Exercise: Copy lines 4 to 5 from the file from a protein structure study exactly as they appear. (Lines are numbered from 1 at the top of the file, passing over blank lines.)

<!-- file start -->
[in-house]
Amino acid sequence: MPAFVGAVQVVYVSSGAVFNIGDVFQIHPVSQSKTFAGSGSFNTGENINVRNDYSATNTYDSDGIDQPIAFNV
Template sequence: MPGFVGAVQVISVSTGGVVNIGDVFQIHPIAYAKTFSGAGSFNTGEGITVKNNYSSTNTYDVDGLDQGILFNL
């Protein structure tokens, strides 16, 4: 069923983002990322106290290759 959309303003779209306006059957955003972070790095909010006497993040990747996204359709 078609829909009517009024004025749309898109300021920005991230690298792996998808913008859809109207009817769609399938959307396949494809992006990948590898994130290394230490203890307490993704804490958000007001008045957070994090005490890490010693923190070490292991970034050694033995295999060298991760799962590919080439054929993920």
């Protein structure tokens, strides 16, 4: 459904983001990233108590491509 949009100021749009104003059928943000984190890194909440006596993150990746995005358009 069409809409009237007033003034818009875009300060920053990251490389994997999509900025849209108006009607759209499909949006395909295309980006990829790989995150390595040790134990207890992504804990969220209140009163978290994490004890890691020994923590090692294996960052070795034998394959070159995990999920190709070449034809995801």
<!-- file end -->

């Protein structure tokens, strides 16, 4: 069923983002990322106290290759 959309303003779209306006059957955003972070790095909010006497993040990747996204359709 078609829909009517009024004025749309898109300021920005991230690298792996998808913008859809109207009817769609399938959307396949494809992006990948590898994130290394230490203890307490993704804490958000007001008045957070994090005490890490010693923190070490292991970034050694033995295999060298991760799962590919080439054929993920």
């Protein structure tokens, strides 16, 4: 459904983001990233108590491509 949009100021749009104003059928943000984190890194909440006596993150990746995005358009 069409809409009237007033003034818009875009300060920053990251490389994997999509900025849209108006009607759209499909949006395909295309980006990829790989995150390595040790134990207890992504804990969220209140009163978290994490004890890691020994923590090692294996960052070795034998394959070159995990999920190709070449034809995801």